27 December: Gafsa to Seldja Gorge, then Tozeur area and north end of Chott el Djerid, then to Sbeitla (arriving after dark). Left Gafsa around 7, stopped in steppe about halfway to Seldja Gorge and saw a beautiful pair of Red-rumped Wheatear (the female particularly interesting looking with her rufous head; the male’s rump was less rufous than his vent area, and he showed an extensively white-edged wing). This was the only time I saw this species. Then at Seldja Gorge I saw all the other four wheatear species possible at this time of year (a few Mourning, some Blacks (broad tail band seen), several White-crowned (both adults and black-crowned juveniles), and a male Desert Wheatear. No luck with Thick-billed Lark, Scrub Warbler, or Tristram’s Warbler… Very windy and rather cold at Seldja Gorge. This site is worth visiting for the scenery alone. Shortly after we arrived a man drove up on motorbike, claiming to be a bird guide, but he was loud and annoying and we turned down his services. There were some small boys there but they did not follow us as one other trip reporter experienced.

We then drove to Tozeur during the middle of the day, encountering a huge herd of feral camels en route, making a brief stop at the zoo (worth it more for the Pharaoh Eagle-owl and Long-legged Buzzard than for the caged dogs, pigs, and goats, and the Coke-drinking camel). Then a brief drive to the northern edge of the Chott el Djerid, where an hour spent searching the wastes with a scope produced not a single bird.

Up to this point I was still hoping we could still make the Douz area since most of the birds that would have been lifers occur there, but it became clear that if we were to make our reservation at Ain Draham we would not be able to get to Douz, and I reluctantly had to concede that I had already missed several key species.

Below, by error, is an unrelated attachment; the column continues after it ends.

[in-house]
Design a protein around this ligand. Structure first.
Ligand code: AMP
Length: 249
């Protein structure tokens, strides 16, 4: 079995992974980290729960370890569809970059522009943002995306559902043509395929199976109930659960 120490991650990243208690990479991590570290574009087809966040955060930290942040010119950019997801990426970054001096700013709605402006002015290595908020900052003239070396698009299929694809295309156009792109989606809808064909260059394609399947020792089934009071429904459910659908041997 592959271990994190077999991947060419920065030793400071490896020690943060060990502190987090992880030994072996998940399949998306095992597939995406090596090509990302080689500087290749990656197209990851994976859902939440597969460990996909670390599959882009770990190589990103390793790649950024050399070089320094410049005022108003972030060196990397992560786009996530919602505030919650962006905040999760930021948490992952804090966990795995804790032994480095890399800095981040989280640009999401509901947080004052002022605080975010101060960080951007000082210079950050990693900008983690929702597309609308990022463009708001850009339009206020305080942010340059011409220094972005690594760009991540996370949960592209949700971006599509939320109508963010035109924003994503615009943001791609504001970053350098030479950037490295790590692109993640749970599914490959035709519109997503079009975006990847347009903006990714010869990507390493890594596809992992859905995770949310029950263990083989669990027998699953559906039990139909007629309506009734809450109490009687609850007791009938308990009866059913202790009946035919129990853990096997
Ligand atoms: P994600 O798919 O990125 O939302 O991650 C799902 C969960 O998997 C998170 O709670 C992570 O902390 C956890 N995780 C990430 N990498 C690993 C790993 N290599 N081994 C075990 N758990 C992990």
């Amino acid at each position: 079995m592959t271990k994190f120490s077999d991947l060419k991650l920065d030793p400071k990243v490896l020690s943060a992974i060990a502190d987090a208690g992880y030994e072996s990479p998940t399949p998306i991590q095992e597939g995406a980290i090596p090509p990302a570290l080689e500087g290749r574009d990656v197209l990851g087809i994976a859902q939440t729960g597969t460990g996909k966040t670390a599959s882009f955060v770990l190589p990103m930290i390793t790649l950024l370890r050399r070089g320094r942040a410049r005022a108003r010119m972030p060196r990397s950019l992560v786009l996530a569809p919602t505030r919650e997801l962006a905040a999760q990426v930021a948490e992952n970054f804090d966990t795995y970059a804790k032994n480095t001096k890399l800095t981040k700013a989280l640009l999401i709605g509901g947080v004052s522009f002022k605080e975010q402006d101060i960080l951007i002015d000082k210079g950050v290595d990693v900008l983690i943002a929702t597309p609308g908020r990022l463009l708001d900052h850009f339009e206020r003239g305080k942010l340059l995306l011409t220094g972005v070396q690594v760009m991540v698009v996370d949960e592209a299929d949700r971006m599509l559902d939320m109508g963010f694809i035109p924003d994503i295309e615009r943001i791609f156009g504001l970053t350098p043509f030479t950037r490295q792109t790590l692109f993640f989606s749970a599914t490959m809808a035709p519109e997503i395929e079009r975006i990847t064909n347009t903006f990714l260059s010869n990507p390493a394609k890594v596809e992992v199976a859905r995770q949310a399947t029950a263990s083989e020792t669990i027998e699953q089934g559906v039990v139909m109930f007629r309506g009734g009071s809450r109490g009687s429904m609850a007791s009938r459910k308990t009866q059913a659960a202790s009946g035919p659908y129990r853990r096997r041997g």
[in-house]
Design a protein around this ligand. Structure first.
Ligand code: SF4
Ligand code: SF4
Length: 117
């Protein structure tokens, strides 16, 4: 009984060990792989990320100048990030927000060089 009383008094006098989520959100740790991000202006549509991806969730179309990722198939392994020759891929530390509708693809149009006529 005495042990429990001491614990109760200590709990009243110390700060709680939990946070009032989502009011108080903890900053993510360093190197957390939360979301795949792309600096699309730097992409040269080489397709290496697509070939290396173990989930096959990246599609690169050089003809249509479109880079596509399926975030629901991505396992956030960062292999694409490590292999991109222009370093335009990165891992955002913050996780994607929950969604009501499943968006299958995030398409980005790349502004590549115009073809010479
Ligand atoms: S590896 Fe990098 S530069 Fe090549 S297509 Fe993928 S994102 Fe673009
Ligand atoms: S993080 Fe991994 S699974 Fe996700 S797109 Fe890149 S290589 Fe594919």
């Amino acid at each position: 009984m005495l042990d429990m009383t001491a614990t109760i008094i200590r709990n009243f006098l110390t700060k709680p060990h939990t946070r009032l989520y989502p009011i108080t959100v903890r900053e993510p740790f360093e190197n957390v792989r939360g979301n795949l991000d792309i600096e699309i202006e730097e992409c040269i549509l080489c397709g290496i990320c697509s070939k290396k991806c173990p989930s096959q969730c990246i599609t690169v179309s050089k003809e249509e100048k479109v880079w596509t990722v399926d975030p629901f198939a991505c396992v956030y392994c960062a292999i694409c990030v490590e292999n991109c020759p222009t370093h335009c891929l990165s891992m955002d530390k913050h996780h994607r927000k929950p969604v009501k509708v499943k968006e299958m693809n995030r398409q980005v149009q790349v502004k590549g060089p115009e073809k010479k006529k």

28 December: Sbeitla to Ain Draham. Spent the morning at the ruins, where there was a big flock of Greenfinches with a few Rock Sparrows and Serins. Then drove to Ain Draham, arriving around 4 p.m. Overcast and cool all day. Took a brief drive through the oaks to the south of Ain Draham after 4, and saw a group of four Siskins feeding very close to me on the verge of the road. One was an adult male, with black crown and throat seen clearly, and the others were distinctly streaked with yellow in wings. According to the book this species looks to be at the edge of its range here.

29 December: Ain Draham to Bulla Regia and back. Extremely foggy in the morning at Ain Draham. Spent the morning trying to find Levaillant’s Woodpecker. The fog layer ended below the real forest but there were patches of pine, heath, and oak below the fog so I searched there, and did hear the woodpeckers there and glimpsed one unsatisfactorily. Also lots of tit flocks and other birds in this mixed disturbed habitat. Then we went to Bulla Regia for a few hours, then back up to Ain Draham, where it was still extremely foggy in the late afternoon. Booked into the Hotel Foret, a good hotel in a nice woodland setting outside of town.